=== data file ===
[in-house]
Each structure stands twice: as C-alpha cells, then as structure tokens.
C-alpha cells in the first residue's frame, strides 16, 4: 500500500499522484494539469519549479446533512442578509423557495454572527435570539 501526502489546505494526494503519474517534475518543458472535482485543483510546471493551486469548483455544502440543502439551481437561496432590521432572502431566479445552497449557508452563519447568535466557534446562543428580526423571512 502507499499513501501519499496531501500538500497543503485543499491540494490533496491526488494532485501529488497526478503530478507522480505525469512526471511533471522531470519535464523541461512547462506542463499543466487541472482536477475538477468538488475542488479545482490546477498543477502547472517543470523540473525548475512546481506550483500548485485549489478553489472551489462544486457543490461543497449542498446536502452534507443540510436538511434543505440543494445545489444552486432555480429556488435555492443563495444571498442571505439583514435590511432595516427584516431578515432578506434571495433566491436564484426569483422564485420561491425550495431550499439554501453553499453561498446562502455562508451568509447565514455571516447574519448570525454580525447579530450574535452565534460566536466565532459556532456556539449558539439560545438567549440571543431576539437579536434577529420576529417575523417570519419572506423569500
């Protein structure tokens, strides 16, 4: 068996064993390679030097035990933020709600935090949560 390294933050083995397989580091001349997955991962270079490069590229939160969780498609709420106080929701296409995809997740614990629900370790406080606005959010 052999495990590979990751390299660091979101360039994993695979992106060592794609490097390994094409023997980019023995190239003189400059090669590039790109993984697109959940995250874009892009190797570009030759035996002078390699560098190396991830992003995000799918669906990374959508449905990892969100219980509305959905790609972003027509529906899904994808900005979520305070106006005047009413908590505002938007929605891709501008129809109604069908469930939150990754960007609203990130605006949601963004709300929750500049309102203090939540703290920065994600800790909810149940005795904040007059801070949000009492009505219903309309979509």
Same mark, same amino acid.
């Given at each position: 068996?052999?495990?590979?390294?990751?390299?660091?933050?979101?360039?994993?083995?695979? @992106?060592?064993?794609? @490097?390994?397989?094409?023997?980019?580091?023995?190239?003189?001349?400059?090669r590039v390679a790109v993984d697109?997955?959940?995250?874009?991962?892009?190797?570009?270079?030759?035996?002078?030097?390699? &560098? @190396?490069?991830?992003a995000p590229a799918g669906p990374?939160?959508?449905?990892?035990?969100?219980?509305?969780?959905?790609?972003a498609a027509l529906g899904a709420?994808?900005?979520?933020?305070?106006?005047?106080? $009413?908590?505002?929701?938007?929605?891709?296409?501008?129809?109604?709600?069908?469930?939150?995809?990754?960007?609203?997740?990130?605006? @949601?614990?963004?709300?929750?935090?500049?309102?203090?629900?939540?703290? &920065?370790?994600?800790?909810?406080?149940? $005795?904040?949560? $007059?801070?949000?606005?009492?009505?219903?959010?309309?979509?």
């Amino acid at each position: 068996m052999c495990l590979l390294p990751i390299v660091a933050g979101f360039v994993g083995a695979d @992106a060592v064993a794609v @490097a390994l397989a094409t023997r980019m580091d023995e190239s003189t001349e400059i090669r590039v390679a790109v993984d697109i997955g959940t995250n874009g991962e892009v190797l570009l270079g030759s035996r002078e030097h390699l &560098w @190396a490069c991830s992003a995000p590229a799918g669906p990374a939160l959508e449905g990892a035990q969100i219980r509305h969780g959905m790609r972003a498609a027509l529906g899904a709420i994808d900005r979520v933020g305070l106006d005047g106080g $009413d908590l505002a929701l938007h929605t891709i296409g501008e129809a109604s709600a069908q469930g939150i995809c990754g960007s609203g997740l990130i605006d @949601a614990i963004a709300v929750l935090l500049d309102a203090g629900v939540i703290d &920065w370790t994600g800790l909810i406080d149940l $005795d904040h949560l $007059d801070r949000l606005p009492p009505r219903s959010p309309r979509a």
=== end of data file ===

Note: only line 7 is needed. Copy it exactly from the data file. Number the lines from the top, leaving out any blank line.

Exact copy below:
């Amino acid at each position: 068996m052999c495990l590979l390294p990751i390299v660091a933050g979101f360039v994993g083995a695979d @992106a060592v064993a794609v @490097a390994l397989a094409t023997r980019m580091d023995e190239s003189t001349e400059i090669r590039v390679a790109v993984d697109i997955g959940t995250n874009g991962e892009v190797l570009l270079g030759s035996r002078e030097h390699l &560098w @190396a490069c991830s992003a995000p590229a799918g669906p990374a939160l959508e449905g990892a035990q969100i219980r509305h969780g959905m790609r972003a498609a027509l529906g899904a709420i994808d900005r979520v933020g305070l106006d005047g106080g $009413d908590l505002a929701l938007h929605t891709i296409g501008e129809a109604s709600a069908q469930g939150i995809c990754g960007s609203g997740l990130i605006d @949601a614990i963004a709300v929750l935090l500049d309102a203090g629900v939540i703290d &920065w370790t994600g800790l909810i406080d149940l $005795d904040h949560l $007059d801070r949000l606005p009492p009505r219903s959010p309309r979509a």